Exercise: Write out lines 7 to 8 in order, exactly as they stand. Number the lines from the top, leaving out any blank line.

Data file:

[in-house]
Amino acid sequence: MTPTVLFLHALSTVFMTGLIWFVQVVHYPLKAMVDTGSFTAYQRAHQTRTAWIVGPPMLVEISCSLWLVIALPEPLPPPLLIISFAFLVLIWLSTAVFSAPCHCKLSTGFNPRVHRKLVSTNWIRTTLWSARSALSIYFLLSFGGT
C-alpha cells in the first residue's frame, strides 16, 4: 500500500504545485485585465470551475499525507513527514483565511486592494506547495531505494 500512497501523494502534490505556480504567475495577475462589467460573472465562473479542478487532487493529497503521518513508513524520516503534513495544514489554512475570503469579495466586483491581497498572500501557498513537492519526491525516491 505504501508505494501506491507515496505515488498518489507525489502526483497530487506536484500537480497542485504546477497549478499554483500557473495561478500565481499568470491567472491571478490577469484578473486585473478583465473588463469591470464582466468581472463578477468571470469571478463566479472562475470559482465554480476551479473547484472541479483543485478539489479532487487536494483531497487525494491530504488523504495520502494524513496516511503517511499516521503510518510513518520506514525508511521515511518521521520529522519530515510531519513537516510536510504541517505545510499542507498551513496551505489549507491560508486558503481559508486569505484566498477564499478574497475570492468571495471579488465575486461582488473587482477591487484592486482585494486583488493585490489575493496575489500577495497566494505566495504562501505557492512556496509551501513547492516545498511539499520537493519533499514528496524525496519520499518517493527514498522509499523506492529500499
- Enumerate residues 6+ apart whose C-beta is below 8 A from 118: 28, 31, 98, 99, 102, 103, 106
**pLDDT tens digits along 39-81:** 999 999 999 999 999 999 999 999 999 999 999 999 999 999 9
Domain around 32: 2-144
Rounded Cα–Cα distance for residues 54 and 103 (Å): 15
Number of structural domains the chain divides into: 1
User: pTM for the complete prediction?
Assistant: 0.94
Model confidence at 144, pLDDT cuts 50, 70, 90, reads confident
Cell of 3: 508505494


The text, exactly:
Rounded Cα–Cα distance for residues 54 and 103 (Å): 15
Number of structural domains the chain divides into: 1